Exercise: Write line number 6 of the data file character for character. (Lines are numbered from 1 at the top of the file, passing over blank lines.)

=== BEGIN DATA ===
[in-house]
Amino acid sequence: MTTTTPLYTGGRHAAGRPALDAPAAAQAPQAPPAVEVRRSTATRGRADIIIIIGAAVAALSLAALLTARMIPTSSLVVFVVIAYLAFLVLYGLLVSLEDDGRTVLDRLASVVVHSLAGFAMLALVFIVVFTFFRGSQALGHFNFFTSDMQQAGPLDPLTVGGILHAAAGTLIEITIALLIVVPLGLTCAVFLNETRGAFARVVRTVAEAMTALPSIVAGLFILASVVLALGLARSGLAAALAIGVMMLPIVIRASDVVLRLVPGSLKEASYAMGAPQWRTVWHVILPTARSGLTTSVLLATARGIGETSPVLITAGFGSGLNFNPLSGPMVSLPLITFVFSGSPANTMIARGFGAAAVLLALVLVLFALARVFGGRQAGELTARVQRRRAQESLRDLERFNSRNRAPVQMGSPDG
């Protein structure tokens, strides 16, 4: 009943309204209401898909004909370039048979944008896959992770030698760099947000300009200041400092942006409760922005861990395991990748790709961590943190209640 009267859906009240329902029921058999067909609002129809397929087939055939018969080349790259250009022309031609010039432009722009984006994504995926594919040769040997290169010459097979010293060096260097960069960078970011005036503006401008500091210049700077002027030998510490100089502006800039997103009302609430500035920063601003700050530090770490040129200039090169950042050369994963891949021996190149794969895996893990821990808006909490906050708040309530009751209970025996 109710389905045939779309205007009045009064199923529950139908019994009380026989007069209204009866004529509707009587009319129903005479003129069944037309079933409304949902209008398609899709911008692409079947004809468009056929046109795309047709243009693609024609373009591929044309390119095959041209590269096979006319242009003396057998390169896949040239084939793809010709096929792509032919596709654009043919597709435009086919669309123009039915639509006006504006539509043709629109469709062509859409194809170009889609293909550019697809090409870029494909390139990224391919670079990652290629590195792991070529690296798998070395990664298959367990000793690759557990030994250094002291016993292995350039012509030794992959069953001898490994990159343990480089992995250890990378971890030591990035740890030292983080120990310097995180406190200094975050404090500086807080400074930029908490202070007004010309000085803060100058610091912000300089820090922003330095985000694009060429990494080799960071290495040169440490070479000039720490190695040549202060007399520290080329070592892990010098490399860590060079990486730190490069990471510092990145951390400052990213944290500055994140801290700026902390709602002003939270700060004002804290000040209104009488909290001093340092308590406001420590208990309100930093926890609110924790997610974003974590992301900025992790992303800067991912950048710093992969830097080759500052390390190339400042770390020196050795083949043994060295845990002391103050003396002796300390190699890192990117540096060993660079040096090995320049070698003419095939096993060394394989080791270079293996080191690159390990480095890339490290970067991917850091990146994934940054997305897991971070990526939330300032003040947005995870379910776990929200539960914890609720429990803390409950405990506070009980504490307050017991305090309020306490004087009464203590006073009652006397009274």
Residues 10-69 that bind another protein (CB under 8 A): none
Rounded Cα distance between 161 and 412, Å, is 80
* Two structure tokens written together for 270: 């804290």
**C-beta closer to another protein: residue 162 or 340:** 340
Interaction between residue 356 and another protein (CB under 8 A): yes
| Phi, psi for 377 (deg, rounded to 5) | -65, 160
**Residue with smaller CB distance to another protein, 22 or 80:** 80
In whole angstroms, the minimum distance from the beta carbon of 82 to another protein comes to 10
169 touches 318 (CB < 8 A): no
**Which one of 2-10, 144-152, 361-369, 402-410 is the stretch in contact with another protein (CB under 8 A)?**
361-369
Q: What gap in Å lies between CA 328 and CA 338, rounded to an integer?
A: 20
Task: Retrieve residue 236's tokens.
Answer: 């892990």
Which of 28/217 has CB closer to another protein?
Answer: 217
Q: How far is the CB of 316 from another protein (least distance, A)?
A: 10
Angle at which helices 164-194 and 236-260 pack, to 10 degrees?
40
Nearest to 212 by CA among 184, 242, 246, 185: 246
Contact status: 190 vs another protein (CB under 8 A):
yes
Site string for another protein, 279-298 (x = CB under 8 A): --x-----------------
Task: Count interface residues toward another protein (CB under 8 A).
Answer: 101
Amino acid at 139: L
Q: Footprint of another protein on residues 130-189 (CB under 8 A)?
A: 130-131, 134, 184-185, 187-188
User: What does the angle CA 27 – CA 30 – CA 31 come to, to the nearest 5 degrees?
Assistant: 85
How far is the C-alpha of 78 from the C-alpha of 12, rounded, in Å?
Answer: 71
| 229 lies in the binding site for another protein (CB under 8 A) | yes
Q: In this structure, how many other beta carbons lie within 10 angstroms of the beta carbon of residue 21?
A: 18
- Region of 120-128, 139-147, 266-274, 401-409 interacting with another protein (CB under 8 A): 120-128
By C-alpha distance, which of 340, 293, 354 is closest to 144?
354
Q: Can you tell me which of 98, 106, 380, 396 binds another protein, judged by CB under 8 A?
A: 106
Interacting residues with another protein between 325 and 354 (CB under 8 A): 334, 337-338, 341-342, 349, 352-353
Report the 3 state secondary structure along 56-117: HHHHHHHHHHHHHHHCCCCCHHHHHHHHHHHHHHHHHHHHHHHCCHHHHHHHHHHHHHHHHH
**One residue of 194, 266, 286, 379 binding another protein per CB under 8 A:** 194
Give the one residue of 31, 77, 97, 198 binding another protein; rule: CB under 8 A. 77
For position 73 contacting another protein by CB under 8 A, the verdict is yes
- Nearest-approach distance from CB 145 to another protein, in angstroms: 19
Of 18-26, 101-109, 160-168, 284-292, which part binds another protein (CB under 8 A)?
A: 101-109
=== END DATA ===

* Two structure tokens written together for 270: 């804290």